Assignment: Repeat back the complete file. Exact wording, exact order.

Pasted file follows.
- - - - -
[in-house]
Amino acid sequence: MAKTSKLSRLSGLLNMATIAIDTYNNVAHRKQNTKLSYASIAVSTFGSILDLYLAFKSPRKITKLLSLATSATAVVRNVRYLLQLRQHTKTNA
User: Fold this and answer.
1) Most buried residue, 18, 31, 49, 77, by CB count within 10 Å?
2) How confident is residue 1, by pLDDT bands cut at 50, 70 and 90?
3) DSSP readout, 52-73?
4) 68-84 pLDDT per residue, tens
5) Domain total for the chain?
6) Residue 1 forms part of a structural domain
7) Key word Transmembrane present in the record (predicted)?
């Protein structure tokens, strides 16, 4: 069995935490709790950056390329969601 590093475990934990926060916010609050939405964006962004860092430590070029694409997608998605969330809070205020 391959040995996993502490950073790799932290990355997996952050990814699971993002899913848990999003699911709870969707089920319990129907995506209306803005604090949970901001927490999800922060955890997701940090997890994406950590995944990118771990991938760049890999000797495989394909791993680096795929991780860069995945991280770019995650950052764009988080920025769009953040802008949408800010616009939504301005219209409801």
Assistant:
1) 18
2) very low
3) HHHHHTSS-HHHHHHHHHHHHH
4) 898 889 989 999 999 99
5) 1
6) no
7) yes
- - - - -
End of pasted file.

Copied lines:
[in-house]
Amino acid sequence: MAKTSKLSRLSGLLNMATIAIDTYNNVAHRKQNTKLSYASIAVSTFGSILDLYLAFKSPRKITKLLSLATSATAVVRNVRYLLQLRQHTKTNA
User: Fold this and answer.
1) Most buried residue, 18, 31, 49, 77, by CB count within 10 Å?
2) How confident is residue 1, by pLDDT bands cut at 50, 70 and 90?
3) DSSP readout, 52-73?
4) 68-84 pLDDT per residue, tens
5) Domain total for the chain?
6) Residue 1 forms part of a structural domain
7) Key word Transmembrane present in the record (predicted)?
């Protein structure tokens, strides 16, 4: 069995935490709790950056390329969601 590093475990934990926060916010609050939405964006962004860092430590070029694409997608998605969330809070205020 391959040995996993502490950073790799932290990355997996952050990814699971993002899913848990999003699911709870969707089920319990129907995506209306803005604090949970901001927490999800922060955890997701940090997890994406950590995944990118771990991938760049890999000797495989394909791993680096795929991780860069995945991280770019995650950052764009988080920025769009953040802008949408800010616009939504301005219209409801």
Assistant:
1) 18
2) very low
3) HHHHHTSS-HHHHHHHHHHHHH
4) 898 889 989 999 999 99
5) 1
6) no
7) yes